Accessible toilets, 100 percent sewage coverage and clean, fresh water for most of its residents make Pune one of the cleanest cities in India when it comes to mapping its progress through the Swachh campaign. The detailed investment made by the Pune Municipal Corporation in the sewerage and water sectors has rightfully given Pune the accolade it deserved.


While Udaipur may be gifted with beautiful natural resources, it still has a long way to go when it comes to competing with Pune or NDMC. The city comes in second from last because of some serious lags in the solid waste, sewerage and behaviour change communication sectors.


Varanasi, being a pilgrimage destination, is extremely crowded throughout the year and needs special attention when it comes to hygiene. But sadly, the city ranks among the bottom few due to solid waste, sewage and behaviour change communication.


Amongst the 10 cities that were surveyed by the Hygiene Index, Raipur occupies the 10th position. Due to various factors like an extremely poor sewerage system, 59 per cent of households not getting direct water supply and inadequate door-to-door solid waste collection coverage, the city is ranked the same. However, it does manage to perform well in the toilets and behaviour change communication segments.


Bhopal can be considered to be one of the star performers in this category. There are several reasons why - most households have their own toilets, there are enough public toilets to cater to the entire floating population, every bit of the solid waste that is generated is collected and it can treat more water than it actually needs.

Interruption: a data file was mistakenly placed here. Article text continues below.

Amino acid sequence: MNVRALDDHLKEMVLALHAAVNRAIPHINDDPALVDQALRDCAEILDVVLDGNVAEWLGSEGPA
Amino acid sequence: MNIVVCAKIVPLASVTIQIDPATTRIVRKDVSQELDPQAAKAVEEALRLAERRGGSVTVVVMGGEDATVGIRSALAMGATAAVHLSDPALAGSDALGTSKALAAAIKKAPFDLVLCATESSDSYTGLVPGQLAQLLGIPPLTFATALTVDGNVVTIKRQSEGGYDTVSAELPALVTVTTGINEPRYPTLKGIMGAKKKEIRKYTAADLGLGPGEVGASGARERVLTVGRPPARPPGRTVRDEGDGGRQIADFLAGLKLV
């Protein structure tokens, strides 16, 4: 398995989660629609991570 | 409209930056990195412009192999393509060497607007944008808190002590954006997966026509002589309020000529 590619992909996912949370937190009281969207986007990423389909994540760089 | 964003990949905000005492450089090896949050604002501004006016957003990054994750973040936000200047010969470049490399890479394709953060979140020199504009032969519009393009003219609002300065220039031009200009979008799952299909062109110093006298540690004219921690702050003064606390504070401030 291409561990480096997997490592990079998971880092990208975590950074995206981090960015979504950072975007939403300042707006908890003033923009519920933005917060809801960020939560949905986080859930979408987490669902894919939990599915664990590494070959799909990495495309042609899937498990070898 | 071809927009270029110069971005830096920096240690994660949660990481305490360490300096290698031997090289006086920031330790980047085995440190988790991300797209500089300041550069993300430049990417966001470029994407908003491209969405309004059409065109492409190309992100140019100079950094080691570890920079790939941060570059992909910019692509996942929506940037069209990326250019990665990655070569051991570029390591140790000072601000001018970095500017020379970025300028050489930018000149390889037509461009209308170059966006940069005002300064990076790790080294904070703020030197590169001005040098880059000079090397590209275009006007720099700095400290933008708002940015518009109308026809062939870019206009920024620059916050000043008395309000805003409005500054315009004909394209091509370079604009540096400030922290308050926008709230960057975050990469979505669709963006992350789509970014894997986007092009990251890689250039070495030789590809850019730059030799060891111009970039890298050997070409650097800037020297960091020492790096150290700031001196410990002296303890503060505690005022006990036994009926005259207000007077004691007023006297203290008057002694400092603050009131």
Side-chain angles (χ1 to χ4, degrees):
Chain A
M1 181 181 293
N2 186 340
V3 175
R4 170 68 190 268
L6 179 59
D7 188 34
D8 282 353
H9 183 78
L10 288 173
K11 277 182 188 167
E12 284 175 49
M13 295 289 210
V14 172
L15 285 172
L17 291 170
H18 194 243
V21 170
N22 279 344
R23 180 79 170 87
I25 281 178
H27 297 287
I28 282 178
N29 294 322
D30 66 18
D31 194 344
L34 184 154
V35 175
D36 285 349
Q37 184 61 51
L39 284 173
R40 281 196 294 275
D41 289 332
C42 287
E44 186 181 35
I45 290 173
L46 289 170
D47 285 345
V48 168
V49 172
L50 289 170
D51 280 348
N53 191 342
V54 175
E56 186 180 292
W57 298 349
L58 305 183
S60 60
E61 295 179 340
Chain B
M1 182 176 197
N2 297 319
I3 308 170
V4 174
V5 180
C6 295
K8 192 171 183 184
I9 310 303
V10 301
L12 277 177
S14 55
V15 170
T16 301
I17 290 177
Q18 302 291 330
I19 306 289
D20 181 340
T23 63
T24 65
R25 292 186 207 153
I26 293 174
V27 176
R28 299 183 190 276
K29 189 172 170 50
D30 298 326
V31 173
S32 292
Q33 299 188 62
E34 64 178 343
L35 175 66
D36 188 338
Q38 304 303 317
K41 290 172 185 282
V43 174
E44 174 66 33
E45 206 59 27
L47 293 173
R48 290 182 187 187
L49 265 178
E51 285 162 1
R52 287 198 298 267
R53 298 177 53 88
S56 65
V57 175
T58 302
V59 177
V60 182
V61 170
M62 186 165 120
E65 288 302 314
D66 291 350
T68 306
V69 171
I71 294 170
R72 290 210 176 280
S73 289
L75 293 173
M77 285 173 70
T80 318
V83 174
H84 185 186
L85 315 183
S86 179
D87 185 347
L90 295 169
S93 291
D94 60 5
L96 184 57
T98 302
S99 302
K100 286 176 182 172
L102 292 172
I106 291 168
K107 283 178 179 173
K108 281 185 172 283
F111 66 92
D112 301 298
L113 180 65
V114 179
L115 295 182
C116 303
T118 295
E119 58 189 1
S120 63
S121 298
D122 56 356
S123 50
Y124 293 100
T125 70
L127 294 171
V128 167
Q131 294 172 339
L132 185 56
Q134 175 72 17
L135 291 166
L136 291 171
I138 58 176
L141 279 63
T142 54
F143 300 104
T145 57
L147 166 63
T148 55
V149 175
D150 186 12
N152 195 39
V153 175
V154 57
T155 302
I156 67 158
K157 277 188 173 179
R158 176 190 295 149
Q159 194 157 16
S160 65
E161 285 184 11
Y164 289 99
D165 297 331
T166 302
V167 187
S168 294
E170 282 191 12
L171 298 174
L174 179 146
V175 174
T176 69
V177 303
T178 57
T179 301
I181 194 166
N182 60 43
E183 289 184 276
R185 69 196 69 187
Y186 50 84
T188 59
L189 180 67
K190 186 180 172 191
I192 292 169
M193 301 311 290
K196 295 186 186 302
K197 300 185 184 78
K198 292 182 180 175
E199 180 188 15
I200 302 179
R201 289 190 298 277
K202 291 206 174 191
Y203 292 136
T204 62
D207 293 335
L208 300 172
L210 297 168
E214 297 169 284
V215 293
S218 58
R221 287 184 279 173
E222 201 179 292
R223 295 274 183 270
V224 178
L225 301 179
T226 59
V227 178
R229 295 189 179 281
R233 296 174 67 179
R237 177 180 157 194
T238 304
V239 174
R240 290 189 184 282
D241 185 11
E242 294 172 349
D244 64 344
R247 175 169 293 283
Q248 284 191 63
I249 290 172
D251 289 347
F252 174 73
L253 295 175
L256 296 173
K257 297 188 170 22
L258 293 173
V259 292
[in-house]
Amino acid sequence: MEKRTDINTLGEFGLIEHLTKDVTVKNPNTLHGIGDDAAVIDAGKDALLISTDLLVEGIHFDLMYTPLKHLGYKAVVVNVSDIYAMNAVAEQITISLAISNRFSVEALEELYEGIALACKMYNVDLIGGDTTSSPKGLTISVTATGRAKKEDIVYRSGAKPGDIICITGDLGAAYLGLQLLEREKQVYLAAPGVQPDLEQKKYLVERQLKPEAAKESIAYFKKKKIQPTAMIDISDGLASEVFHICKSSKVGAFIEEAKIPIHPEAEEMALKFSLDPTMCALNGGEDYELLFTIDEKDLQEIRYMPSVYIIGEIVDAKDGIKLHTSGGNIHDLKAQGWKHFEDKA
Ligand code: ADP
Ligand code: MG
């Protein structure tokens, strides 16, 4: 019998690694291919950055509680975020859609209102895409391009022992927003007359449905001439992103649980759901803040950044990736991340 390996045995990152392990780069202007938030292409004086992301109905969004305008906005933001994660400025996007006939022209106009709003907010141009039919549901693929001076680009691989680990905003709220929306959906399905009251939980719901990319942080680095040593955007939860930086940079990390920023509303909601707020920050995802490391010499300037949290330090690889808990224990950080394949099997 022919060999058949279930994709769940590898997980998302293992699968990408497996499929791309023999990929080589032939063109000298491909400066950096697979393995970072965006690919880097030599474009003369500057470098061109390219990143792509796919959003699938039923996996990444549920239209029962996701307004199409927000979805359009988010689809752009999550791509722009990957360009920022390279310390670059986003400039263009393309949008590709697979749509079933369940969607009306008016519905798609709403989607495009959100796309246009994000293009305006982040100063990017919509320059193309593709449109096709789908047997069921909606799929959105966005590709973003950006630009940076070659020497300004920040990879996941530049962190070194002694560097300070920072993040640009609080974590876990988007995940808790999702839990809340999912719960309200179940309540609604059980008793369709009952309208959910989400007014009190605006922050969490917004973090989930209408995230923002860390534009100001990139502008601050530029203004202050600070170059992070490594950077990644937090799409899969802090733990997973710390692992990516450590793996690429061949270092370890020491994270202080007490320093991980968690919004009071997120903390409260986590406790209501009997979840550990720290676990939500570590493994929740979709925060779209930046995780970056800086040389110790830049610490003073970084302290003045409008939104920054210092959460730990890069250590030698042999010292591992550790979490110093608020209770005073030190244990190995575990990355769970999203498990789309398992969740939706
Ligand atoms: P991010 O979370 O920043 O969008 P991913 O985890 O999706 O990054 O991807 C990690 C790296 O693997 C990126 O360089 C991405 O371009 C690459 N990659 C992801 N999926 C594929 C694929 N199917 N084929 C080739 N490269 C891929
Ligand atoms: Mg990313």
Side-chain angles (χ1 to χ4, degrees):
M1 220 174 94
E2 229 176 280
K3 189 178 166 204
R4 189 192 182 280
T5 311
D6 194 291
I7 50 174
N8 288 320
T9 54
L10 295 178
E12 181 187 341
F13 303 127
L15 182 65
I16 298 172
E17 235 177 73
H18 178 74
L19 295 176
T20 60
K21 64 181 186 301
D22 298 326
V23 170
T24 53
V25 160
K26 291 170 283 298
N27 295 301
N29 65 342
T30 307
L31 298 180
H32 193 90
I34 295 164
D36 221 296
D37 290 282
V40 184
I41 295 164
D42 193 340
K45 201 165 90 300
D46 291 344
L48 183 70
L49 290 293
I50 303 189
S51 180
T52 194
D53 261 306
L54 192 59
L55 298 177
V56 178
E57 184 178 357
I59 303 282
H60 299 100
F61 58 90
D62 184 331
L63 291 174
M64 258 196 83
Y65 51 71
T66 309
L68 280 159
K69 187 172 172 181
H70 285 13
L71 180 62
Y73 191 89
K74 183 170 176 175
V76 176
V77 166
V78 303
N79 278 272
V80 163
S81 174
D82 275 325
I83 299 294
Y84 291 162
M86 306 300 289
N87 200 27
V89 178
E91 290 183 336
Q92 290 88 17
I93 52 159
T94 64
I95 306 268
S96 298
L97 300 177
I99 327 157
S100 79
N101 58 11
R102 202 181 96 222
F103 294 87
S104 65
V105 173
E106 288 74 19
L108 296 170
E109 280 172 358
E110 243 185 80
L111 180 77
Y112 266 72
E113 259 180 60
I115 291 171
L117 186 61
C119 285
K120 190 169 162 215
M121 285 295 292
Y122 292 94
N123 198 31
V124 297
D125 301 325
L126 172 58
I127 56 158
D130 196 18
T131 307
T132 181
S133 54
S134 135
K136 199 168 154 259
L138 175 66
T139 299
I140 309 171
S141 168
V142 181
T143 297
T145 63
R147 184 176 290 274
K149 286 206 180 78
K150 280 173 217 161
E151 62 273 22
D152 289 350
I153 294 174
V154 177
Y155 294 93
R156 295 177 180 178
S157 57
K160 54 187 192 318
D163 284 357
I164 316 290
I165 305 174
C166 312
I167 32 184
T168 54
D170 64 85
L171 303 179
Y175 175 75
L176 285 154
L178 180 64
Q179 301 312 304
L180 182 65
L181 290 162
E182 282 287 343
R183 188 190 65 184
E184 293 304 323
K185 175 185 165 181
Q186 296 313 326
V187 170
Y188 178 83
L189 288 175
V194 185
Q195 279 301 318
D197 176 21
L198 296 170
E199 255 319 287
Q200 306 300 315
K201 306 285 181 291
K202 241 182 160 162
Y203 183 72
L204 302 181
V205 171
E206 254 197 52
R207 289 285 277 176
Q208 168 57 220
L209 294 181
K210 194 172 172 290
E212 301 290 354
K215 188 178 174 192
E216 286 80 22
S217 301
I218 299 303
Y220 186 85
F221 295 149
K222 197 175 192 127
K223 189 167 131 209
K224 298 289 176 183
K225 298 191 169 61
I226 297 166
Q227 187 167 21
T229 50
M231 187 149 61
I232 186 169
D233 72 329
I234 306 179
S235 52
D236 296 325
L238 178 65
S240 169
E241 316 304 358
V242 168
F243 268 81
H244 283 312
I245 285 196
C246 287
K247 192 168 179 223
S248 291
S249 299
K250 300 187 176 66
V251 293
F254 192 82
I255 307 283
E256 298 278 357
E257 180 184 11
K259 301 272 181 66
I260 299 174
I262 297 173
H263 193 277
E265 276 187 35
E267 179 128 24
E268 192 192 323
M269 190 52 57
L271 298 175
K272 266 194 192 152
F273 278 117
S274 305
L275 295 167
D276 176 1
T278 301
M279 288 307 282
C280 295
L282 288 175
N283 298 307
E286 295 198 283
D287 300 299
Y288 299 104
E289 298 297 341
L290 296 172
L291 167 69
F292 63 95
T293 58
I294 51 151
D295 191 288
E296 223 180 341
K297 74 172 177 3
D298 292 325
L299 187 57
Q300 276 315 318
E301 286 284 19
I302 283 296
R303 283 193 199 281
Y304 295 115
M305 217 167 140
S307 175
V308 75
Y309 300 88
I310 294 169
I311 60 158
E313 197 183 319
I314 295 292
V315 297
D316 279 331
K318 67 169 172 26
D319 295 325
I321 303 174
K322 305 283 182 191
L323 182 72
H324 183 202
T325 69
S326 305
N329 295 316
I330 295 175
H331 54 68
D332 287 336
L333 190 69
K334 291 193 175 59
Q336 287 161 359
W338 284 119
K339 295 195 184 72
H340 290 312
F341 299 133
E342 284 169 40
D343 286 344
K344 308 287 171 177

While Allahabad might be a star performer in some categories, it lags in quite a few others thus marking its position somewhere in the middle. While the city is doing fine in the areas of water, toilets and sewerage, it needs to catch up in areas related to health, solid waste management and behaviour change communication.


Ahmedabad fares well in crucial areas like toilets, water and sewage. The city has 1.4 million households who all have access to toilets and 90 per cent of the households are part of a network that provides them with clean water and links them to direct sewage lines. The Ahmedabad Municipal Corporation (AMC) has made extensive investments in these sectors and water and sewage alone account for three-fourths of the civic body’s spend.


Nagpur features in the first half of the list with 83 percent of its households having individual toilets and enough public and community toilets to cater to about 80% of the floating population. In terms of solid and liquid waste management, door-to-door solid waste collection services reach 76 per cent of the households and Nagpur has the capacity to treat 78 per cent of its sewage. But health is still a concern.


Gujarat’s capital, Gandhinagar, is listed right in the middle of the total number of cities surveyed in the first phase. It performs well in the water and sewerage sectors. More than 42,610 of its 49,000 households get clean water while 86 per cent of its households are linked to main sewage lines. However, attention needs to be paid to build more public toilets and also to behaviour change communication.